Congressman Doug Lamborn (R-CO-05) has introduced a bill that would streamline federal bureaucracy dealing with geospatial activities. H.R 4233, Map it Once, Use it Many Times Act, would reform, consolidate, and reorganize federal geospatial activities.
"There is a capable and qualified private sector in the geospatial field, yet many government agencies duplicate, and in some cases compete with, private firms. Given the extraordinary cluster of such firms in Colorado, these phenomena particularly concern me. At a time of record debt and deficits we need to not only eliminate duplication across agencies and programs. We must also weed out government competition with the private sector so federal assets and resources are focused on those things only government can do,” said Rep. Lamborn in a press release.
H.R. 4233 would:
- consolidate responsibilities for leadership in a National Geospatial Technology Administration within the U.S. Geological Survey;
- merge duplicate federal geospatial programs into the new Administration;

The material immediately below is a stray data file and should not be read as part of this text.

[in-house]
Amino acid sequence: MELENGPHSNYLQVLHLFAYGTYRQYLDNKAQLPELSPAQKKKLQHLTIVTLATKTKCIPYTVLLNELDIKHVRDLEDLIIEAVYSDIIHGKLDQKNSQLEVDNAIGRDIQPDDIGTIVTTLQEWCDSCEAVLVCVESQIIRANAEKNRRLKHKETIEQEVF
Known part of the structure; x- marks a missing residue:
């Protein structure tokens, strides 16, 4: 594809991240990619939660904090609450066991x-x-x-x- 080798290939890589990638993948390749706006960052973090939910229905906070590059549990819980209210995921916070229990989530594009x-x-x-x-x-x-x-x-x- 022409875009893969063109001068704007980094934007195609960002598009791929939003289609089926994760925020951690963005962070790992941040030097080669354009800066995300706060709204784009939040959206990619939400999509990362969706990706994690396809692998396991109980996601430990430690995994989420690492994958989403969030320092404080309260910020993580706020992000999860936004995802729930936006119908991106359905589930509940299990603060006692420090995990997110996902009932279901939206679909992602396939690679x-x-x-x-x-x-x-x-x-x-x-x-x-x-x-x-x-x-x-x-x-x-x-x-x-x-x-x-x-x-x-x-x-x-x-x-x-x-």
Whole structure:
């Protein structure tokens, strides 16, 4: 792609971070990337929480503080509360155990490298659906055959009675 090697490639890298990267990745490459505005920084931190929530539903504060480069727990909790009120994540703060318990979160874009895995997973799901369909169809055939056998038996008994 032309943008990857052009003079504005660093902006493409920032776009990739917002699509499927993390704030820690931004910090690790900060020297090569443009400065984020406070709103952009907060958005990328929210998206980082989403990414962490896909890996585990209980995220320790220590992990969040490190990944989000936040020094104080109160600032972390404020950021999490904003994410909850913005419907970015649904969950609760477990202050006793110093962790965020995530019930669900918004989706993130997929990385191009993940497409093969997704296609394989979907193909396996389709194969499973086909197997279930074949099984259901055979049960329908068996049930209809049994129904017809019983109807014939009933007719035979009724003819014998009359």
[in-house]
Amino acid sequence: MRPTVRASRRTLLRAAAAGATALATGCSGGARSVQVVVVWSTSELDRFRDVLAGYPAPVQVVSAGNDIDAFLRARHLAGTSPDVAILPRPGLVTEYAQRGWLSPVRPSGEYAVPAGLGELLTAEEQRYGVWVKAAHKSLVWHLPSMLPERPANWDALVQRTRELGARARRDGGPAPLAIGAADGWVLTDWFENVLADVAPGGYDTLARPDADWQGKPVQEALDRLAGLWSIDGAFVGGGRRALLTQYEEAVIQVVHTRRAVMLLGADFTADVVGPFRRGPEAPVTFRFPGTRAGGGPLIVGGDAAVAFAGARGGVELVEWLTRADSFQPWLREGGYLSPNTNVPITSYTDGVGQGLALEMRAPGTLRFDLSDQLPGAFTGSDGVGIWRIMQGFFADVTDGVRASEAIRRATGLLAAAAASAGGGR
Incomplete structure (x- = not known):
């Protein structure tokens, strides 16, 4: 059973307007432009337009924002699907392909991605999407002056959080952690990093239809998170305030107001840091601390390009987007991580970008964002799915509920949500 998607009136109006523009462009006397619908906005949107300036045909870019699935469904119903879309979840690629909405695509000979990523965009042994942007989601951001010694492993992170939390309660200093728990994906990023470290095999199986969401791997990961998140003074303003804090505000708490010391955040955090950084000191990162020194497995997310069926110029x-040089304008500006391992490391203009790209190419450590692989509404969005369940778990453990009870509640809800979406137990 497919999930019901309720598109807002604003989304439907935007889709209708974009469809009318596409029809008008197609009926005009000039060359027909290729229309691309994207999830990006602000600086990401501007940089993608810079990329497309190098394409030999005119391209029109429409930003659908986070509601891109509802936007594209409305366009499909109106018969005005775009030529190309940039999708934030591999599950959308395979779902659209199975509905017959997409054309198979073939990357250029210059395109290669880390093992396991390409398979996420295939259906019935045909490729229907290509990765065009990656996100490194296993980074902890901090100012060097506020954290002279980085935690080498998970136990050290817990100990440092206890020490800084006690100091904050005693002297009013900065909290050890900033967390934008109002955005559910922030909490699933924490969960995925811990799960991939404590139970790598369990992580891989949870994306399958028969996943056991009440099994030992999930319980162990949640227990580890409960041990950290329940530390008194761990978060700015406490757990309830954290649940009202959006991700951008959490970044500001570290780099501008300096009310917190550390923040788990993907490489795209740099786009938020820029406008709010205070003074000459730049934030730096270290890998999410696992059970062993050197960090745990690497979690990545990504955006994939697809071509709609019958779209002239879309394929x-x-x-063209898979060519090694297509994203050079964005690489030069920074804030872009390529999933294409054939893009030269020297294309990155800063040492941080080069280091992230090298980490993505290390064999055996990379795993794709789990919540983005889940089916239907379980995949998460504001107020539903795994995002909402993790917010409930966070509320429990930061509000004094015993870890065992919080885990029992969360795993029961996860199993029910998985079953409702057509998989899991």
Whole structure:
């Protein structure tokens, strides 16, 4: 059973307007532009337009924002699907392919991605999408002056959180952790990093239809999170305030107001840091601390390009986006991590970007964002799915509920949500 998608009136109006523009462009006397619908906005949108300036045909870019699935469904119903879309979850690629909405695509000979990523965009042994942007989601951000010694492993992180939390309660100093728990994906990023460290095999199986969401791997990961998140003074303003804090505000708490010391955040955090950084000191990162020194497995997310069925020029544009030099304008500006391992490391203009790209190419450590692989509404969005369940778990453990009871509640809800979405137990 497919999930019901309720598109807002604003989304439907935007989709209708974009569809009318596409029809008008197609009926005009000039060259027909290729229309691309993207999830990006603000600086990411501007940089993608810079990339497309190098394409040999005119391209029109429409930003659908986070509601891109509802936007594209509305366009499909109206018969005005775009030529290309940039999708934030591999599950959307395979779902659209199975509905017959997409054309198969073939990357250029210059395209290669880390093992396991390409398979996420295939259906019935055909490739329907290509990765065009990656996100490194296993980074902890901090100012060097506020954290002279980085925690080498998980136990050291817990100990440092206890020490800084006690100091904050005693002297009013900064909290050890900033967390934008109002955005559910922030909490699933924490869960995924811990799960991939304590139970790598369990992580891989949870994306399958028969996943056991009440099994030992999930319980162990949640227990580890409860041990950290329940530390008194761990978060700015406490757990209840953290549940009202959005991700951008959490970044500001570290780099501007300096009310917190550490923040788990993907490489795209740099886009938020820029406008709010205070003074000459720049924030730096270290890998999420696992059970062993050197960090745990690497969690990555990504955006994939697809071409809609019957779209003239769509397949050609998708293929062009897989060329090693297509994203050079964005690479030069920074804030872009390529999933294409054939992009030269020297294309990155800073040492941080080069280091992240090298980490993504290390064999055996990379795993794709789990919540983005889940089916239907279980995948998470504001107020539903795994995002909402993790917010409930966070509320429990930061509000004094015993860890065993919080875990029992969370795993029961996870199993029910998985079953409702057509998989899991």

- encourage the uses of commercial data and private sector service providers;
- establish a National Geospatial Policy Commission to provide a priority-setting mechanism that not only includes federal agencies, but Congress and non-federal stakeholders as well;
- provide for acquisition of professional geospatial services on the basis of quality , qualifications and experience of competing firms;
- establish an advocacy function for the dynamic U.S. private sector geospatial community;
- and coordinate the tens of millions of dollars the U.S.government spends each year on geospatial-related research and development along strategic goals that meet the needs of government and the private sector.
H.R. 4233 is one of the issues MAPPS will be advocating during the Capitol Hill Day next Wednesday, March 28 part of the Federal Programs Conference.
"Congressman Lamborn's bill will help stimulate a discussion on how to best deploy geospatial data, services, products and technologies in the Federal government, and with non-Federal stakeholders. Dozens of studies have identified the need for better geospatial coordination and utilization, but this is the first legislative effort in years to actually put some of these studies' recommendations into place. Even if some disagree with some particular provision in the bill, Mr. Lamborn should be commended for his leadership," said MAPPS Executive Director John Palatiello